Mr. Helfer's second argument is that the Court of Veterans Appeals misinterpreted EAJA by shifting the burden to him to show that the Secretary's position was not substantially justified, rather than requiring the Secretary to demonstrate that his position was substantially justified. We have jurisdiction to consider this argument, as well as the following one, because they constitute challenges to the interpretation of a statute, not simply challenges “to a law or regulation as applied to the facts of a particular case.” 38 U.S.C. § 7292(d)(2).
On the merits, there is no indication that the court misinterpreted the statute and shifted the burden of proof on the substantial justification issue to Mr. Helfer. The court simply pointed out that Mr. Helfer's arguments about why the Secretary's position was not substantially justified were unpersuasive. For a court to note the weaknesses in one party's arguments does not mean that it is treating that party as bearing the burden of proof. Instead, the court's observations may simply provide the reasons the court has concluded that the opposing party has satisfied its burden. Absent any indication that the court placed the burden of proof on Mr. Helfer with respect to the issue of substantial justification, we hold that the court committed no legal error in that respect.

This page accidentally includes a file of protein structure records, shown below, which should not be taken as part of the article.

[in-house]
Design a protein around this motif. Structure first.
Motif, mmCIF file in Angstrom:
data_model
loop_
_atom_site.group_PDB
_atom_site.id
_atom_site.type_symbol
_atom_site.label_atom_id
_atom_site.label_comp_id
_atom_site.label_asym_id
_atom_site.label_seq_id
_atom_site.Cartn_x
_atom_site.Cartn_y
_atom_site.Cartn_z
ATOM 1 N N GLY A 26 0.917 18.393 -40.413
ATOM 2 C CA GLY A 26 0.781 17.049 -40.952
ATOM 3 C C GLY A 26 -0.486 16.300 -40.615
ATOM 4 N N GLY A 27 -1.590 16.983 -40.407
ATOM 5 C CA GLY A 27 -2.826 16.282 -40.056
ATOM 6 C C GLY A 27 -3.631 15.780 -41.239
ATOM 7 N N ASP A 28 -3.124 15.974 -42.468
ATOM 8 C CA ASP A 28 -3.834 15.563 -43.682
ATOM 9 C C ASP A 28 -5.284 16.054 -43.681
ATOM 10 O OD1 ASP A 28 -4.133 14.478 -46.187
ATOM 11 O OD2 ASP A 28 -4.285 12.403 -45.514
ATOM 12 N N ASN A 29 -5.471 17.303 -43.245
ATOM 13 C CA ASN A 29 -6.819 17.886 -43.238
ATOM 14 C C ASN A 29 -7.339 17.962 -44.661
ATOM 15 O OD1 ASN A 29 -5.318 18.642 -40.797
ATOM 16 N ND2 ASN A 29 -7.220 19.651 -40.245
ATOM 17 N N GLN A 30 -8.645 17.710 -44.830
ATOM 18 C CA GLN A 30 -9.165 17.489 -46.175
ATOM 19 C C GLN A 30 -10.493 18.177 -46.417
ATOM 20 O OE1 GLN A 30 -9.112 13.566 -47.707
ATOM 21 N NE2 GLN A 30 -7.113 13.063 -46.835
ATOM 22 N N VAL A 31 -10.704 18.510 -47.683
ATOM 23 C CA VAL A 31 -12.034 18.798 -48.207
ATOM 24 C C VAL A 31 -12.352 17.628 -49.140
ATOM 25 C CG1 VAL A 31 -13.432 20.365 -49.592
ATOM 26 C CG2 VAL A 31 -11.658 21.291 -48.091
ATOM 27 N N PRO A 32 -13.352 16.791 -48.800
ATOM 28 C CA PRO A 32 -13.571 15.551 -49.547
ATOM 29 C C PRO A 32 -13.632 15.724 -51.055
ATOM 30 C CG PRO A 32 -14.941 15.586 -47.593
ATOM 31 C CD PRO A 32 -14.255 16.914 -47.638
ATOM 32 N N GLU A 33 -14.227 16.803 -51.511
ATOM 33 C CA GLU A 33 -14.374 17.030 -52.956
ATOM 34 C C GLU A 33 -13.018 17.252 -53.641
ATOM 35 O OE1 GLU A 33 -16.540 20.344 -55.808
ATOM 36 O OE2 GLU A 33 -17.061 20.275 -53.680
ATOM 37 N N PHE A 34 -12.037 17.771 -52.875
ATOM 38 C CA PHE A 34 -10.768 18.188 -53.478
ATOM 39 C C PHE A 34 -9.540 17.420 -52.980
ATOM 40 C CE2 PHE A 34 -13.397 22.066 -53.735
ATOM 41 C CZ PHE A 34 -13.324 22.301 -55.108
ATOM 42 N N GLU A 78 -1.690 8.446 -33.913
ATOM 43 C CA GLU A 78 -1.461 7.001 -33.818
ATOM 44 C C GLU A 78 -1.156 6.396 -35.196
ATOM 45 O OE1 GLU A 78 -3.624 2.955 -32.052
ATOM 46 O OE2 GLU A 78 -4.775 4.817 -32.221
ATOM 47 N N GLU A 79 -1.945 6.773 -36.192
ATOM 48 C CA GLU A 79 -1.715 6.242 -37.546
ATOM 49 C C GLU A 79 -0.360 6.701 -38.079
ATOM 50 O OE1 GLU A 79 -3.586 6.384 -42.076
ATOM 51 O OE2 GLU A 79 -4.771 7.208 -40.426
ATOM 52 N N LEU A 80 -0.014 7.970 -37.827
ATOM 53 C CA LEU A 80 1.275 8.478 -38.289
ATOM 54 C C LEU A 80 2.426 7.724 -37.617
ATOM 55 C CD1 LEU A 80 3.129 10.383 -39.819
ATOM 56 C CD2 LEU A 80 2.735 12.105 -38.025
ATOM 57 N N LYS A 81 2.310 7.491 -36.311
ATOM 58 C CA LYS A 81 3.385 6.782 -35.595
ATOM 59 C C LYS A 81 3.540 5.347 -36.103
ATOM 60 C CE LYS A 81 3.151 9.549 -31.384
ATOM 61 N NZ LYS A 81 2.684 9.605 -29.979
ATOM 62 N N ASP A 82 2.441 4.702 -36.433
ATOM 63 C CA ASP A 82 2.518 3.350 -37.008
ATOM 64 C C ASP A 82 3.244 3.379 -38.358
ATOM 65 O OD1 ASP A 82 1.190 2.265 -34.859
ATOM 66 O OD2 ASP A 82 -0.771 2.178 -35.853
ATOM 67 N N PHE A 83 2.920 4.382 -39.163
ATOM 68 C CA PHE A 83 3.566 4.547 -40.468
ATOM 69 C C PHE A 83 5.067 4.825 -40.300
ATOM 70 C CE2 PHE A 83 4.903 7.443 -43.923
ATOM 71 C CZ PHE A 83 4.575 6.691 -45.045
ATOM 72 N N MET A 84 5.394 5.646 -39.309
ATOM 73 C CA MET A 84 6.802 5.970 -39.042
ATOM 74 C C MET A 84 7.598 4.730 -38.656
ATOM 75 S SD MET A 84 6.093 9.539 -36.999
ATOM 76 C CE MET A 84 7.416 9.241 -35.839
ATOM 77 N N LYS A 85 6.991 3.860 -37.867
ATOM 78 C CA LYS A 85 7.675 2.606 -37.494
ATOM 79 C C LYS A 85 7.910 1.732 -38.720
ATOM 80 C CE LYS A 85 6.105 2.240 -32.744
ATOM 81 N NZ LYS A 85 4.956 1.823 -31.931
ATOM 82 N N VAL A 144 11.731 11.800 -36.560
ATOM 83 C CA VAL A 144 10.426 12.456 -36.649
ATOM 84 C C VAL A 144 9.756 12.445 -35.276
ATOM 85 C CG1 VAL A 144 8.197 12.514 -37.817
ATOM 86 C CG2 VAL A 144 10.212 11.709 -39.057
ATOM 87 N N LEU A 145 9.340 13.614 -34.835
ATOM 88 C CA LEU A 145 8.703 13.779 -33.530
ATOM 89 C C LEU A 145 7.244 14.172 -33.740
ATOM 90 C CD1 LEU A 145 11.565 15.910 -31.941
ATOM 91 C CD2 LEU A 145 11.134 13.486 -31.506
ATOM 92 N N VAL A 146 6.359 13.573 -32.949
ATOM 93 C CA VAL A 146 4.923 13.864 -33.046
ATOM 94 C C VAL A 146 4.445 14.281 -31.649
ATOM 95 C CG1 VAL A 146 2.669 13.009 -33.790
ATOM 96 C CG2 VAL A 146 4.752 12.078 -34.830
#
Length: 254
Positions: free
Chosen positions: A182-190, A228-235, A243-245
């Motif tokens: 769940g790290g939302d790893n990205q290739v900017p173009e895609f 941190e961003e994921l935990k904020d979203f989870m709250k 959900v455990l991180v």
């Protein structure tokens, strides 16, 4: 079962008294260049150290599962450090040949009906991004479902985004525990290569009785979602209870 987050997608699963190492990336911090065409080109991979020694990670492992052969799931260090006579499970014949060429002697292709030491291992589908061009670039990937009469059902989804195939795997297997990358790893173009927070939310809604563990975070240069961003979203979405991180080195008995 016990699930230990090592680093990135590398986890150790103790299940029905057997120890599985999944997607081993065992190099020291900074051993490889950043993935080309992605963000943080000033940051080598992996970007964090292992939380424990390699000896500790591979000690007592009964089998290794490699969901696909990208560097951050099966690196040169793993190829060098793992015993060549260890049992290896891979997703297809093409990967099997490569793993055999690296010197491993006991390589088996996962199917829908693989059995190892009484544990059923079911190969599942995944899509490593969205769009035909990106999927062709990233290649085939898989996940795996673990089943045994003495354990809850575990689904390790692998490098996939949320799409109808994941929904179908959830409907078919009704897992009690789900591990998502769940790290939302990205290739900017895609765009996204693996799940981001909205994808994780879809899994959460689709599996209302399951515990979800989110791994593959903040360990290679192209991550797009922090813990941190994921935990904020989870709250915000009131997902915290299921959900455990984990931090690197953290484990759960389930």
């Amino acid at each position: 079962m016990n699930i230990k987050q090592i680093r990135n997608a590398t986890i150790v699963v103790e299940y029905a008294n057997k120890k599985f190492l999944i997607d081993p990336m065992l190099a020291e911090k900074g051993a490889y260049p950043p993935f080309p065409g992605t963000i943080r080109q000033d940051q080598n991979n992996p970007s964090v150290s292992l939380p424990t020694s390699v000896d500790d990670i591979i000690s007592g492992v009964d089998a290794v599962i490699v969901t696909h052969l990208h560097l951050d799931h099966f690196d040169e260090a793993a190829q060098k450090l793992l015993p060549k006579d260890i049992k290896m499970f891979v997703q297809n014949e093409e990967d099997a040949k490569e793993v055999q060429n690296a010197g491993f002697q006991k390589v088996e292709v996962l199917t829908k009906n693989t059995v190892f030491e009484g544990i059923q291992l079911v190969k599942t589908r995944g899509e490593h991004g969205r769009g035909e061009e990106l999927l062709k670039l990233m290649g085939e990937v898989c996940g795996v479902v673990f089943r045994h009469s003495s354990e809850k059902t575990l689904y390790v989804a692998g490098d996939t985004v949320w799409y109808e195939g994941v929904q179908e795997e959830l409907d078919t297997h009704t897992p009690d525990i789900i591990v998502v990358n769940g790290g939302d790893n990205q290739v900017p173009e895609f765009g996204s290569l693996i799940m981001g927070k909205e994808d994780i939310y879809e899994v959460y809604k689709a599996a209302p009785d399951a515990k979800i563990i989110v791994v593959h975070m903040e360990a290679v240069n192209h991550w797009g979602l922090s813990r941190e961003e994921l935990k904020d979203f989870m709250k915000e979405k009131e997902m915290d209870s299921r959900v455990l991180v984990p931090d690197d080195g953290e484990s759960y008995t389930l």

Finally, Mr. Helfer argues that in concluding that the Secretary's position before the court was substantially justified, the Court of Veterans Appeals improperly relied on Mr. Helfer's concession that the Secretary's position was justified during the time the case was before the Board. The court, however, did not base its “substantial justification” ruling on Mr. Helfer's concession regarding the reasonableness of the Secretary's position before the Board. The court merely observed that there was no dispute that the Secretary's position before the Board was justified, and that the Secretary's failure to cite the Cohen case while Mr. Helfer's appeal was pending before the Court of Veterans Appeals did not render the Secretary's position unjustified. That was simply a way of focusing on the particular point to which Mr. Helfer directed his claim-the Secretary's failure to cite the Cohen case to the Court of Veterans Appeals. The court's characterization did not constitute or reflect a legal error in applying the Equal Access to Justice Act.
Finding no legal error that is within our jurisdiction to review, we uphold the decision of the Court of Veterans Appeals.
BRYSON, Circuit Judge.